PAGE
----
(200 B.C.–A.D. 200) on the Confucian canon-that is, books on history, poetry, ceremonies, divination, and moral philosophy that included teachings of Confucius (ca. 551-479 B.C.) and an entire work by Mencius (ca. 372-289 B.C.), his most important follower. These “classics” were part of a literary tradition whose magnitude is suggested by the ambitious Ch’ing Dynasty project called the Complete Library of the Four Treasuries, which encompassed classics, history, philosophy, and belles-lettres (poetry), and eventually assembled 36,000 volumes. Tai was briefly one of numerous compilers working on that monumental project. These texts belonged to a long tradition of historical literature.

Included were 24 dynastic histories amounting collectively to hundreds of volumes. There were also innumerable local and private histories, factual with little comment, compiled by members of the literati class. Custom required each dynasty to compile a history of the previous one. The histories were assembled by committees of scholars whose method was scissors and paste without attempts at synthesis or interpretation to nail down causation or sequences of development. Historical change from the Chinese perspective, mainly one dynasty replacing another, was explained as a Mandate of Heaven replacing a corrupt dynasty with a virtuous one. Not only was the idea of sequential historical development absent, there was no idea of progress. But

with these limitations, Chinese civilization was notable in world history for scope and longevity of historical consciousness. All texts of whatever kind were considered part of a historical tra-

dition. If thought and action were to be justified by reference to the past, every classical text was taken to have historical parentage and meanings a scholar was obliged to master before offering a fresh point of view. An educated man required extensive knowledge of the four “treasuries” to assist self-cultivation and to formulate public policy. History and philosophy were intimately knotted together in ways difficult for the Western mind to grasp. Tai Chen was nearly at the tail end of an overwhelming legacy of historical and literary texts bound together by a virtually air tight tradition. His book examines ideas and words in the Neo-Confucian tradi-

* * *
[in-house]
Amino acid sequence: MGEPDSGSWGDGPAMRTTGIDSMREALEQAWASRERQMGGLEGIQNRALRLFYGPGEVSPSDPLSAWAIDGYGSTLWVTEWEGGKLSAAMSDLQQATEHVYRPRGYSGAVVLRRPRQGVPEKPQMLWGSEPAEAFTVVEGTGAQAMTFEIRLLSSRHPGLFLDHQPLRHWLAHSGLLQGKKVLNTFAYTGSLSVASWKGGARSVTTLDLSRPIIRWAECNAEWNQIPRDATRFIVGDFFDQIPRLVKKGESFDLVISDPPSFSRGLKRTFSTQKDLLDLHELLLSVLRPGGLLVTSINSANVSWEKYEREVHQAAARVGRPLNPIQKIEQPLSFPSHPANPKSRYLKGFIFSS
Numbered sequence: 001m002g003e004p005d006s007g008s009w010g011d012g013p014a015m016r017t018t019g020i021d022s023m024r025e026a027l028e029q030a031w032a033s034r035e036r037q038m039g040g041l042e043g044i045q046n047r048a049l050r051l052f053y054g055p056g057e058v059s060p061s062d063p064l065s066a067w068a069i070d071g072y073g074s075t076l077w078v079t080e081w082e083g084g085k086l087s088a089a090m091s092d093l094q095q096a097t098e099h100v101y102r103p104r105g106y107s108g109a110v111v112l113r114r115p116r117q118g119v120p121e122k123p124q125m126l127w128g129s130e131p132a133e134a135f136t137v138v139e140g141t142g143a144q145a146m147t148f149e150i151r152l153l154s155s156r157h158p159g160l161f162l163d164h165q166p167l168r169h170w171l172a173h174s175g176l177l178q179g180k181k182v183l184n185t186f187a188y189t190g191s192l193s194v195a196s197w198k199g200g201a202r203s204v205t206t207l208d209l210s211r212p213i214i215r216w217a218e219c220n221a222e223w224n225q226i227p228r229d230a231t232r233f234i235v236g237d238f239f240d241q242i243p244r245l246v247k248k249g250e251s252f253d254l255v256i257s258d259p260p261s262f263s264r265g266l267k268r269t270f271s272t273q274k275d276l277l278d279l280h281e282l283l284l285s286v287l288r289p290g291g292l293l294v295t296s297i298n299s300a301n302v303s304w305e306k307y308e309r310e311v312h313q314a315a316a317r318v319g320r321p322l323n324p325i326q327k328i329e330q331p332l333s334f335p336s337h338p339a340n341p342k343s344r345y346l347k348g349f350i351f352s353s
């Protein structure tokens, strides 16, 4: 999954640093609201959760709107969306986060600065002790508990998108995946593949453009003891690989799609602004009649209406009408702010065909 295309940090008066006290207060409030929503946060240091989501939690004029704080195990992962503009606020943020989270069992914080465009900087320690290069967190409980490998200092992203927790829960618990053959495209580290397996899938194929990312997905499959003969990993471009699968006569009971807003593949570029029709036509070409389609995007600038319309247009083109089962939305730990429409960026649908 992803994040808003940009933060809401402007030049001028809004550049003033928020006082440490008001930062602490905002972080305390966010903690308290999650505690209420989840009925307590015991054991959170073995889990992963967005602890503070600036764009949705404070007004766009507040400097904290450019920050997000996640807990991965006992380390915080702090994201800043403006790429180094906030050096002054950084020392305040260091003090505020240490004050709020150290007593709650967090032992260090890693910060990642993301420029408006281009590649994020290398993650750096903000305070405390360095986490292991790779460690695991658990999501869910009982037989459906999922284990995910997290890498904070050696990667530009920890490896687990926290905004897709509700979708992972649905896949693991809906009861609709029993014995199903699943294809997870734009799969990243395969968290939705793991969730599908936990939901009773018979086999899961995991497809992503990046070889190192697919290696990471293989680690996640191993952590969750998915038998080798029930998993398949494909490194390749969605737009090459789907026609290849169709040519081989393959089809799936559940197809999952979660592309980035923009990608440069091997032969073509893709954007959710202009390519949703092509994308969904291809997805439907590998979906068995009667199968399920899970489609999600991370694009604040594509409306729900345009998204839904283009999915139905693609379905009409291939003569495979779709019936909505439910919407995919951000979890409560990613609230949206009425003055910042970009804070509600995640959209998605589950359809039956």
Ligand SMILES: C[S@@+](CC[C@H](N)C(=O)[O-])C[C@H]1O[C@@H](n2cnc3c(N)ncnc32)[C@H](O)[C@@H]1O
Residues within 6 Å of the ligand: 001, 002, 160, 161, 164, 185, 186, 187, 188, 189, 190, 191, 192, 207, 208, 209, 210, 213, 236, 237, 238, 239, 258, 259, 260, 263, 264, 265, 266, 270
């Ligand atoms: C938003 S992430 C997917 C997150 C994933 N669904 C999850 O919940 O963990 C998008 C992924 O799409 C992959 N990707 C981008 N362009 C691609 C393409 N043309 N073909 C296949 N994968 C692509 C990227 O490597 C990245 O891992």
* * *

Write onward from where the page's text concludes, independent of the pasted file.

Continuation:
tion, the intellectual scaffolding of Chinese ideology since the Sung Dynasty (960-1279). The most prominent representative was Chu Hsi (d. 1200), whose commentaries on the classics were laced with metaphysical speculations influenced by Taoism and Buddhism. The relatively straightforward teachings of Confucius had focused on moral qualities of the best kind of man and how they might be achieved by regulating desires and actions through example and study to achieve consistently good conduct and wise public service. Tai claims Mencius, a later Confucian, never departed from those teachings. Yet in later centuries, Taoist and Buddhist ideas were absorbed so

that desires were viewed as a bad thing to be eliminated and that submergence in a non-human One is the proper goal of life. Also entangled with early Confucianism were cosmological ideas, particularly yin-yang (female-male complementary opposites that alternate with one another) and the Five Elements (water, fire, metal, wood, and earth) that move in a cycle. These two kinds of movement accounted for change in nature and were organized into an elaborate system of correlations with things, ideas, and relationships in human experience. The words Tai Chen was most concerned to explore are “prin-